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Biig Piig, Village Underground, review: ‘Delicate voice that belies brutal realism’

‘Soulful’: Biig Piig sold out the 1,000-seater venue. Photograph: Wyatt Dixon

Jess Smyth, aka Biig Piig, bounces onto the Village Underground stage.

Twenty-one years old with the pigtails to match and a pseudonym taken from a pizza menu, the singer-songwriter and rapper has sold out the 1,000-capacity venue on a Tuesday night.

Part of the London-based NINE8 collective of underground DIY musicians and creatives, Biig Piig epitomises the lethargic, dreamy sound of a new generation of hip-hop artists whose lyrics romanticise the mundanities of everyday life.

In her ironically titled debut EP, Big Fan of the Sesh, she tells the story of a doomed relationship in a languid style of rap, tinged with a hint of an Irish accent and R’n’B influences.

The cover pictures her on a sofa, cig in mouth and an empty bottle of Hardy’s red on the table beside her.

Tonight, Biig Piig somehow manages to bring the same laid-back, after-party vibe to the vast, industrial space.

Tales of angst and heartbreak made soothing through soulful, jazzy melodies reverberate off the exposed brick walls as she glides through her set.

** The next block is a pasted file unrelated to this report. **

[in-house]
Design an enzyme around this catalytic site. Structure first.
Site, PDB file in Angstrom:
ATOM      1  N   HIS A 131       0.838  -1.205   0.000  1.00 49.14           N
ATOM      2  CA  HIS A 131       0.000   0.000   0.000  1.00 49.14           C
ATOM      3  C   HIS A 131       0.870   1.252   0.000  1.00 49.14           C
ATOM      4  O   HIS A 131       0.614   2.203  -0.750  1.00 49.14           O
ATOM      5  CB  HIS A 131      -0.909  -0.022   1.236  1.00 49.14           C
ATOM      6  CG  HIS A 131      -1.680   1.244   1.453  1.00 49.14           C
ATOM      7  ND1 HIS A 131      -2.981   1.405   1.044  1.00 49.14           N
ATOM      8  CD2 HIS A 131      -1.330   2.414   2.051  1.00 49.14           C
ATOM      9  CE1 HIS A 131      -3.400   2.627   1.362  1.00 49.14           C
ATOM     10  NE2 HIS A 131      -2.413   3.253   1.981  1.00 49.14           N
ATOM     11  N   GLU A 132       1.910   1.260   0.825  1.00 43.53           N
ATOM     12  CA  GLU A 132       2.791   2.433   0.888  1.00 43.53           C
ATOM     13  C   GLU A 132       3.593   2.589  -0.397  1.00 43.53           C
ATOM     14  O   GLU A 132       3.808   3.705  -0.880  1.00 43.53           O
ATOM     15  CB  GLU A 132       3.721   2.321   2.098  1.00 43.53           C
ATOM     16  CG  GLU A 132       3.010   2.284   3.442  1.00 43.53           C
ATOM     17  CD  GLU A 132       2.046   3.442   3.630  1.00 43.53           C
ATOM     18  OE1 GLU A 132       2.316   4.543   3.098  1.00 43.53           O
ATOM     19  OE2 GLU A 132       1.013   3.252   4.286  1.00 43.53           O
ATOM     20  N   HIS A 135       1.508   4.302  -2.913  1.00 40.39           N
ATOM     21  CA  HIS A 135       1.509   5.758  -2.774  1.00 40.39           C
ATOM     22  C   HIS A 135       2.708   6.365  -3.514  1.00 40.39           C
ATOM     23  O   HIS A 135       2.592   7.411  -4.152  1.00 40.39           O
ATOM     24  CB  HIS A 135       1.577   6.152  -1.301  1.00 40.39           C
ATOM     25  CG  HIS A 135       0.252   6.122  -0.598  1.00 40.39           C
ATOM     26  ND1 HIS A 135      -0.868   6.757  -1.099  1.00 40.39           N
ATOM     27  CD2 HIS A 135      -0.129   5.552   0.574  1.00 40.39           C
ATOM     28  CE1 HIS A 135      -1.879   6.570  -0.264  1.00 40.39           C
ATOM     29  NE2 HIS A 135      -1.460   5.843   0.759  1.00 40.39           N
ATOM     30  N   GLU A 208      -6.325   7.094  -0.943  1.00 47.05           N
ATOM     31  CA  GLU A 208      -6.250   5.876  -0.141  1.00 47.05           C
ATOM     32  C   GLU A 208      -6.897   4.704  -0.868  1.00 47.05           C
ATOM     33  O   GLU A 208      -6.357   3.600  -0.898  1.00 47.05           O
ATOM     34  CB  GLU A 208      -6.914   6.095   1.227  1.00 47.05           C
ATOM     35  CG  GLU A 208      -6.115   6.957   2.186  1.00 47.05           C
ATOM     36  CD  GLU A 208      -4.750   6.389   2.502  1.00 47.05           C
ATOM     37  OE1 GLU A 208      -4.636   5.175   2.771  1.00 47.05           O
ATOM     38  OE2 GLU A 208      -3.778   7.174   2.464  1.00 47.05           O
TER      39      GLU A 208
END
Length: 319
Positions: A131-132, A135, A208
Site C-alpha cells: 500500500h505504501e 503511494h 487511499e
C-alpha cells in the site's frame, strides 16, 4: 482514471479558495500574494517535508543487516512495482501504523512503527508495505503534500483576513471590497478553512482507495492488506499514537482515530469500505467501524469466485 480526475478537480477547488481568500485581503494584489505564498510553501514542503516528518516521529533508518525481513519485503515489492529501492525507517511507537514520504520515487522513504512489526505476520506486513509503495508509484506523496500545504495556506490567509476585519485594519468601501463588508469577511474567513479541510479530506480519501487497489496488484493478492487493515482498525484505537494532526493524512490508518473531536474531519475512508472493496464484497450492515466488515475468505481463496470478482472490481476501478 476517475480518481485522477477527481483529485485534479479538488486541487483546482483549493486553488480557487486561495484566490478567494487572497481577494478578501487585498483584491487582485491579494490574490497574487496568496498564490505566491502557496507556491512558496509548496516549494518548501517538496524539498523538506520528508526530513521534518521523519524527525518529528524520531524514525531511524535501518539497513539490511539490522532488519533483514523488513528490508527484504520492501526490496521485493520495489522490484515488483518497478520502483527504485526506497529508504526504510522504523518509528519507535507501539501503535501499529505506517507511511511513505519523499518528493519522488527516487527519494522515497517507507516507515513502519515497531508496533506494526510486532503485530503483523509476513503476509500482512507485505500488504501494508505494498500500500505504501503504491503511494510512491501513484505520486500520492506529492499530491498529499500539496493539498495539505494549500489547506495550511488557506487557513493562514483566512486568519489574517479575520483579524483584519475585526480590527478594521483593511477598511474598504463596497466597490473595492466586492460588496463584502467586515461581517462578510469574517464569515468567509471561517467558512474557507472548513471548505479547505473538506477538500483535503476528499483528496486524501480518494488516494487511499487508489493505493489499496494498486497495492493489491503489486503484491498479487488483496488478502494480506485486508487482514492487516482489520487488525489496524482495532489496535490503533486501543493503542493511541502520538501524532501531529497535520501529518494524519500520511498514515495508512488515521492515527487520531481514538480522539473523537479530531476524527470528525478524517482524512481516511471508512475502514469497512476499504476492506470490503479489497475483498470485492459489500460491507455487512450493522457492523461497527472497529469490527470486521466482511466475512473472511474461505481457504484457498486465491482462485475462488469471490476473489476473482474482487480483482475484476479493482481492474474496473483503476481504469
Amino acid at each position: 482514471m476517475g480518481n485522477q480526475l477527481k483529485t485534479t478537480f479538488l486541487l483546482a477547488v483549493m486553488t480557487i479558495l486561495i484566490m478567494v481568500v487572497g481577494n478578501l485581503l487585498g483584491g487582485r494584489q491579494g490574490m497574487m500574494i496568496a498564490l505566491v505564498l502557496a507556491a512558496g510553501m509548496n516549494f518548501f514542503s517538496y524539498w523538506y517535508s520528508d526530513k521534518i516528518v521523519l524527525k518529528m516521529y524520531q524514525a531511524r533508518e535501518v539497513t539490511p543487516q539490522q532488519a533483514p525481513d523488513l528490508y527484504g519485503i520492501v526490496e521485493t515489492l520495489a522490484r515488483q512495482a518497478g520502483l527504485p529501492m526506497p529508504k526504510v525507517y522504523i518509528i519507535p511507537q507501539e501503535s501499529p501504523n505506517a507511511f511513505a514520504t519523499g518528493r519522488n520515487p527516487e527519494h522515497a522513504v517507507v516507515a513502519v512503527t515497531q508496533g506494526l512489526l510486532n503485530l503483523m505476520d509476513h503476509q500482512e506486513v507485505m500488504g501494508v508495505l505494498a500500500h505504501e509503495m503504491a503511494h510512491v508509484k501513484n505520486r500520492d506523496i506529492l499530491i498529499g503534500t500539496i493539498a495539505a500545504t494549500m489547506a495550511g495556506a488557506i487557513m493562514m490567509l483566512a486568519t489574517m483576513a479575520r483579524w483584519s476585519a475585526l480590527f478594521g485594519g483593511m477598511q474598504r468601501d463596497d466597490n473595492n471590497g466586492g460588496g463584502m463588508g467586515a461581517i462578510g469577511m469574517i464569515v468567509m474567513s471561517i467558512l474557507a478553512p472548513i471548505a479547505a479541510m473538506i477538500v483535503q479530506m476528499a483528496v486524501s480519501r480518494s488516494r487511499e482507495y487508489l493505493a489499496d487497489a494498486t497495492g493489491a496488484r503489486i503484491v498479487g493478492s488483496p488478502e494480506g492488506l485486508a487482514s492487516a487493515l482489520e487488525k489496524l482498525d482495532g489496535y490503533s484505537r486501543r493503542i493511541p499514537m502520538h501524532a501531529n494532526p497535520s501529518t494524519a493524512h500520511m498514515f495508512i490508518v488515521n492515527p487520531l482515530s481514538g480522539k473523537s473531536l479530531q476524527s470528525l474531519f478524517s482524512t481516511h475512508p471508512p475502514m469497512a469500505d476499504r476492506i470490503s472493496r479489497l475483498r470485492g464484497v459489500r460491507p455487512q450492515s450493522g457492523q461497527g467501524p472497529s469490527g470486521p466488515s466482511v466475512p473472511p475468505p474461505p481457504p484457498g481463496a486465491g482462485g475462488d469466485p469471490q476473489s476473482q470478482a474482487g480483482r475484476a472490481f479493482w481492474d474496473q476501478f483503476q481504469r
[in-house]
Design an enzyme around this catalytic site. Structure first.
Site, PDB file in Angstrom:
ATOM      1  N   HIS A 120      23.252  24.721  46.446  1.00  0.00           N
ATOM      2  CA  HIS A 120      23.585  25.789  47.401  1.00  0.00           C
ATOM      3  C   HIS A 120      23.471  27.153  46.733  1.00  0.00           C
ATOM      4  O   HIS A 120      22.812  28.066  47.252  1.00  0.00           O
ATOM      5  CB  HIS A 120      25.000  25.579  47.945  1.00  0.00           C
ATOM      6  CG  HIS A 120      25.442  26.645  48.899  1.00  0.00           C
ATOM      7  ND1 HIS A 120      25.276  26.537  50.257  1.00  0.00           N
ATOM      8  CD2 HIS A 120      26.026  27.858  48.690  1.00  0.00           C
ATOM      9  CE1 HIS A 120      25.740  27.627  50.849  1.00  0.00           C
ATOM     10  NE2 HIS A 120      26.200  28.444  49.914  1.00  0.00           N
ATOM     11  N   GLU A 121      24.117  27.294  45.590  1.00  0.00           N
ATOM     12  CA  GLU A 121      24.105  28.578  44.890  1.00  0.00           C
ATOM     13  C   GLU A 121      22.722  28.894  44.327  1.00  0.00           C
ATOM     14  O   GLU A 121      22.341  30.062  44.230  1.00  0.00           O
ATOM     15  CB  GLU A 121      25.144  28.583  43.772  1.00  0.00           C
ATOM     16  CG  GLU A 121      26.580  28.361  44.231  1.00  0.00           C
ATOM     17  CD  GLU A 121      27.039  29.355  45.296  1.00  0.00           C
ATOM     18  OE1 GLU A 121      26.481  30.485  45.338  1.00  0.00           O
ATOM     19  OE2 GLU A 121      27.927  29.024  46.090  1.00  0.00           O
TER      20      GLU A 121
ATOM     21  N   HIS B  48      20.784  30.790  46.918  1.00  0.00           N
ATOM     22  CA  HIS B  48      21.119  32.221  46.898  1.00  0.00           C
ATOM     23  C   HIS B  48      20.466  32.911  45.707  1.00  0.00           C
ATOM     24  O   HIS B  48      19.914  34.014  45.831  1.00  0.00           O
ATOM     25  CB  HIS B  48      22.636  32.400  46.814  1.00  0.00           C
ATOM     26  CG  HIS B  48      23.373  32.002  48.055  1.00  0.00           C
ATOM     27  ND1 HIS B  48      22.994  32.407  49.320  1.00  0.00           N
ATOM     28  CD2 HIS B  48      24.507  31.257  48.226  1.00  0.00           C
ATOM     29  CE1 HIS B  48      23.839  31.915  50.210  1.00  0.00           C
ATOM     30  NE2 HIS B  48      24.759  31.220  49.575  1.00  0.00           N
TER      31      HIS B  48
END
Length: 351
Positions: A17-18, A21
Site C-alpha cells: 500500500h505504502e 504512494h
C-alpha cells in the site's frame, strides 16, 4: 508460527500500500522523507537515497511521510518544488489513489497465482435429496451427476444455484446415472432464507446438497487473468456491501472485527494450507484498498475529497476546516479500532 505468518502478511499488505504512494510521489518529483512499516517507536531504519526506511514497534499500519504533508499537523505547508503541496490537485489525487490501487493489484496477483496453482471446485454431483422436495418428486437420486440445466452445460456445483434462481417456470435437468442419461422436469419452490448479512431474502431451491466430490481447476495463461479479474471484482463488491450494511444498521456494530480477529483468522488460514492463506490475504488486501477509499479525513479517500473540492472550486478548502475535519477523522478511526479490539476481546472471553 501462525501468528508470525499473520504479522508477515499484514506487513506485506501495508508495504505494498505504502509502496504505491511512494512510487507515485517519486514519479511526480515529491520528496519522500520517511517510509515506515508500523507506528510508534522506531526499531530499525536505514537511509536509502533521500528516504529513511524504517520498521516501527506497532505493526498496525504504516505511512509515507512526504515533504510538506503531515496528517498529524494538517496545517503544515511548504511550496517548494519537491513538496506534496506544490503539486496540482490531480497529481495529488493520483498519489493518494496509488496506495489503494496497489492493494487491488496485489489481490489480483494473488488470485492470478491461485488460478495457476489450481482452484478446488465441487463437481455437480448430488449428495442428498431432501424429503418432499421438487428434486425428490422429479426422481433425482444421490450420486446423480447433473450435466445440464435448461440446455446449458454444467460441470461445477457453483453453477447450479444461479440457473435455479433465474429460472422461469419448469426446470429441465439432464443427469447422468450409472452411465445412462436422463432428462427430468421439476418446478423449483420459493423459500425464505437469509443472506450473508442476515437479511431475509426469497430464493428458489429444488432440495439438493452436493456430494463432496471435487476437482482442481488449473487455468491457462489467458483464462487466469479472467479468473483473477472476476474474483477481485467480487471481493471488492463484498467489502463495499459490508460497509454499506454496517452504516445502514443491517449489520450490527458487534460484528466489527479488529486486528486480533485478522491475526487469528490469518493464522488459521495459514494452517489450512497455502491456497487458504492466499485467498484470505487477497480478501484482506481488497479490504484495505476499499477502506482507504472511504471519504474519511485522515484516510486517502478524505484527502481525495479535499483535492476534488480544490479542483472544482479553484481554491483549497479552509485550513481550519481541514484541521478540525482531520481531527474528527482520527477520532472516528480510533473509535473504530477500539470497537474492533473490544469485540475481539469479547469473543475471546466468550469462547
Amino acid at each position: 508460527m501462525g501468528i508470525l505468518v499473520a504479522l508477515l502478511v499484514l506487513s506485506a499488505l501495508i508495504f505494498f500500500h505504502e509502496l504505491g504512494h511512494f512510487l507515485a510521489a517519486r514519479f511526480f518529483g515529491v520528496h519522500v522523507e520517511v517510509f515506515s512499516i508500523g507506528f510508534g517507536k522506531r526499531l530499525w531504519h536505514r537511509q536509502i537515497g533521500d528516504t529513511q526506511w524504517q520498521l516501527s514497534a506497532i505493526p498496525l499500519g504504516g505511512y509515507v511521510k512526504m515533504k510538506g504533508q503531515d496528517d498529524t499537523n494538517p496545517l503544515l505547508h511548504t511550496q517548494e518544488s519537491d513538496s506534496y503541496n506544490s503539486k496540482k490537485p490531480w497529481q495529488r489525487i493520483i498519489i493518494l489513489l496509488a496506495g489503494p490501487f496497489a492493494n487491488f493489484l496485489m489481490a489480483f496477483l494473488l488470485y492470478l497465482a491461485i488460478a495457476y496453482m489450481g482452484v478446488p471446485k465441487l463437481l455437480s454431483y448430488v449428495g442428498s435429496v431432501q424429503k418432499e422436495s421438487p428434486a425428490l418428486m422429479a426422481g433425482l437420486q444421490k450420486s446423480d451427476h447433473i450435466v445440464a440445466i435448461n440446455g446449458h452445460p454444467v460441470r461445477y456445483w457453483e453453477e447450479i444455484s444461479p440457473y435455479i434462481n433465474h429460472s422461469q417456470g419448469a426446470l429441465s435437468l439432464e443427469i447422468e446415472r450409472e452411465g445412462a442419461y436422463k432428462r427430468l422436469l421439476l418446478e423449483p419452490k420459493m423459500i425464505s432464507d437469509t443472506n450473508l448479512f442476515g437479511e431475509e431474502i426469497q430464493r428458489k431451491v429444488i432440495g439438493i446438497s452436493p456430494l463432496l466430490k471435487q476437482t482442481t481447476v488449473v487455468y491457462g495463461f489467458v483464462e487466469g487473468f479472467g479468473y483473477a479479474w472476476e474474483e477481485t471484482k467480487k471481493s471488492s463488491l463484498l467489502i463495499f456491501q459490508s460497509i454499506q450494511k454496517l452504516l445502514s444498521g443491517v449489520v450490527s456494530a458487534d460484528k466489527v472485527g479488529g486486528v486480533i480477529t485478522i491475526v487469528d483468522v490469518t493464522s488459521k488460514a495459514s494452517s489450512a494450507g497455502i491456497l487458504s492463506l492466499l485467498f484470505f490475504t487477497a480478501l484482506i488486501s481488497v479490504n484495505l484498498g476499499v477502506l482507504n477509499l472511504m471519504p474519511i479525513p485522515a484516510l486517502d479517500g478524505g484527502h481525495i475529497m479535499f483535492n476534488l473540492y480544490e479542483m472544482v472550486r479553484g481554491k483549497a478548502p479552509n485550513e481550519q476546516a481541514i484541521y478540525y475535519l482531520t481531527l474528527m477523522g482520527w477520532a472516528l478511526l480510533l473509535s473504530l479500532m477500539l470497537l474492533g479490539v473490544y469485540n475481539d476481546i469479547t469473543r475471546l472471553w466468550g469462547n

Her support, KEYAH/BLU (strange punctuation clearly makes for edgier stage names in this scene), sets the tone.

“I heard you like your boys deep enough to drown you”, she drawls with a smile over a lulling hip-hop beat.

Playful and relatable, the lyrics are lapped up by the student-dominated audience.

Biig Piig treated the audience to some unreleased music. Photograph: Wyatt Dixon

Once she has bounded onto stage Biig Piig follows suit, one of her openers being entitled ‘Getta’ Real Job’.

Her wide-eyed demeanour and high, faultlessly delicate singing voice belie the cutting, sometimes brutal, realism of her lyrics.

Modern city life is innocently dissected in a midst of “doo dah days”.

Despite having supported the likes of Princess Nokia in the past, Smyth is refreshingly down to earth.

“Well isn’t this lovely”, she declares before entering into an anecdote about the next track, simply called ‘Sex’, which she fondly recalls doing “over a Dilla beat when I was like 15”.

The unassuming chat is endearing and while this may be Biig Piig’s biggest show to date, you can definitely see her on bigger stages.

She’s a classic example of how YouTube self-starters can break out but still retain the intimacy of those first bedroom tracks.

It’s this combination of the affinity an ingénue can conjure up with the audience – treating them to “a bit of unreleased stuff”– with the effortlessly polished nature of her sound which makes Biig Piig special.

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